Transportation is a key part of life. We transport ourselves to work, to visit friends and family and to run errands. In short: whenever we go from one place to another. So, relying on sustainable and cheap transportation is a simple way to both be financially savvy and reduce one’s impact on people and planet.
You might have noticed that a lot of my posts centre around the idea that the cost and sustainability of things often go hand in hand. This is true for transportation as well. When considering the main types of transportation – walking, bicycling, taking public transportation and driving* – price and environmental impact increases incrementally.
*Flying – whether for business or leisure – will be covered in a future post. Scooters and the like are not covered, but I assume they land somewhere between bicycles and cars in terms of price and environmental impact.
Cost of different types of transportation
Of the four types of transportation mentioned above, the cheapest definitely is walking. All you need is a pair of shoes. I don’t really have anything to add here. Walk on!
However, walking takes a long time, which is why I personally opt for bicycling to where I need to go. Sure, you need a bicycle, but you can get a decent new one for around €500. Or you may be fortunate (or skilled?) enough to find one for really cheap at an auction or second hand. There are some maintenance costs, but if you treat your two-wheeled friend nicely, these shouldn’t be too bad. Low prices and maintenance costs make the bicycle a very affordable choice. In most cities in Denmark, you can get around by bicycle quickly and easily.
For rainy days, lazy days, and distances that are not easily covered by bicycle, public transportation is a great, albeit more costly, choice. Eventually, train and bus tickets will cost more than a bicycle, although you can save money by buying a monthly pass. Public transportation does, however, have the benefit of not requiring any maintenance on your part whatsoever.
Finally, there’s the car. The preferred mode of transportation in many places. And one of my least favourite (did I mention I am scared of driving and also I get car-sick?). Renting, leasing or owning a car is expensive. First, there’s the cost of the car itself. On top of that there’s insurance, taxes, gas, maintenance and car loan payments. So if it is at all possible to get around without a car, I recommend you do so. If not, see if you can find a cheaper car with good mileage, or perhaps engage in ride-sharing.
Environmental and health impact of transportation types
Let me go through each of the four types of transportation again, now considering the sustainability aspect. The first, walking, has a negligible environmental impact. It also has the added bonus of free exercise, which is important for your health.
Similarly, bicycling does not exhaust any foul gasses and it is great exercise. Bicycle production does of course require materials and exhaust greenhouse gases, but less so than with trains, buses and cars. Bicycles, therefore, are a very sustainable option.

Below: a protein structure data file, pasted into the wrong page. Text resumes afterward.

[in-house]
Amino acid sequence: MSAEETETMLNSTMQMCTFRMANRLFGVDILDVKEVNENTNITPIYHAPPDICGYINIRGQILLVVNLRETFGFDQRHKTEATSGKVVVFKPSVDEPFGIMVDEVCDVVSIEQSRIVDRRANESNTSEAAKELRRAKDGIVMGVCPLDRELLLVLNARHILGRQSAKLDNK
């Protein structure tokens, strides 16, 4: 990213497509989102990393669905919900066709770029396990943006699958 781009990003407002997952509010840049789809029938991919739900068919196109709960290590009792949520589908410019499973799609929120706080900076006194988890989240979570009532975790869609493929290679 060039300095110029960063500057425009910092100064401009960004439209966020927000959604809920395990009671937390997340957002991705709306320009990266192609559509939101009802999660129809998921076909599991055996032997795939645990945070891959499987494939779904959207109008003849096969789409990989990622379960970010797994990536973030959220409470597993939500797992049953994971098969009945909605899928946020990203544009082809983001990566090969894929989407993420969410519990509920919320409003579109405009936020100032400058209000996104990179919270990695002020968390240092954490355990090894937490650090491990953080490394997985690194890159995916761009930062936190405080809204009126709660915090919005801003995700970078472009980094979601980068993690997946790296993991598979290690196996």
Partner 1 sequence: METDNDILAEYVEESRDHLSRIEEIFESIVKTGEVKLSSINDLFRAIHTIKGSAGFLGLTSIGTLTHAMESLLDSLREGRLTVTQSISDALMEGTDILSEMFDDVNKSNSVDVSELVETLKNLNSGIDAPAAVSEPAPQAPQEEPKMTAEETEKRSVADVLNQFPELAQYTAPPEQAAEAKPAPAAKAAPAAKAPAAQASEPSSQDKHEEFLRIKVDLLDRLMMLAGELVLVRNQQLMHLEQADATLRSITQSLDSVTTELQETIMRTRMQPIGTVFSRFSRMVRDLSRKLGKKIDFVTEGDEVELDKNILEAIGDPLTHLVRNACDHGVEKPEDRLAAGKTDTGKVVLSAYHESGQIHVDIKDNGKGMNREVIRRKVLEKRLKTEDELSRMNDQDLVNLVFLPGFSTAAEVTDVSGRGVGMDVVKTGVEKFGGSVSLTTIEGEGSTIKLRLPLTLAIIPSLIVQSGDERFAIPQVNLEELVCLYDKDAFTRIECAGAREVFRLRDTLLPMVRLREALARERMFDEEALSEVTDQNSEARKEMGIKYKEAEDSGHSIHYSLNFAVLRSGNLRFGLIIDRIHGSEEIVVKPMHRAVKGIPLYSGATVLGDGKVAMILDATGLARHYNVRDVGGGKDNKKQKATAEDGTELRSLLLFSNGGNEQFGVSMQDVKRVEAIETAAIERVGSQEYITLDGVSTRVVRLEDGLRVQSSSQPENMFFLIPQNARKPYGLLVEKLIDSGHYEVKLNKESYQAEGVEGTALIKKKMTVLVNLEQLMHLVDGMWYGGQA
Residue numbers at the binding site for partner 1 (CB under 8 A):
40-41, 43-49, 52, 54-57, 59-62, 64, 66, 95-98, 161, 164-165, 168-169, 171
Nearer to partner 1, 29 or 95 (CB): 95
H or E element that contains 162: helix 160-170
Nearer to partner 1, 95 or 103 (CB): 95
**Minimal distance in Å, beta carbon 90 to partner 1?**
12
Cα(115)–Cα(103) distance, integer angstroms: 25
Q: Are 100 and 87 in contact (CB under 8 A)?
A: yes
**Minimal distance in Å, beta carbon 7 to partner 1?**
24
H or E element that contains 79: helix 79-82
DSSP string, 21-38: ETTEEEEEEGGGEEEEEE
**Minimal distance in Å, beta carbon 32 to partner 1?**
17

Now, public transportation such as buses and trains do emit CO2, which is bad for the environment and the air quality in the cities. Fortunately, a lot of buses and trains are becoming electric. The electricity required is often produced by burning fossil fuels, though. So there’s still some way to go. However, the good part is that buses and trains fit a lot of people, so the environmental impact per person becomes much lower.
Cars, like buses and trains, emit CO2. They emit less than buses and trains, but the environmental impact per person is higher. This is because most households in Denmark own one or more cars, which means that most cars on the road only transport one person each. This also means there are many cars in the cities. The air quality in the cities is negatively affected by car exhaustions, which impacts people’s health too.
So what is sustainable and cheap transportation?
Sustainable and cheap transportation is the choice that best combines the cost aspect with the environmental and health aspect. I hope that this post has made it clear that affordability and sustainability go hand in hand.
Looking at the above, it is clear that walking is the best option, bicycling the second-best, third comes public transportation and lastly, the worst option in terms of cost and sustainability is the car.
Does this mean that everyone should walk or bicycle to where they need to go? No, not necessarily. I do whenever I can, and I think you should too. But of course it depends on your specific situation: the distance you need to travel, the logistics of your day and so on.
I think what matters most is that you make a conscious and well-informed decision. Whether the bicycle or the car is the only choice for you, consider how you can make that choice more affordable, more sustainable and better for your health.
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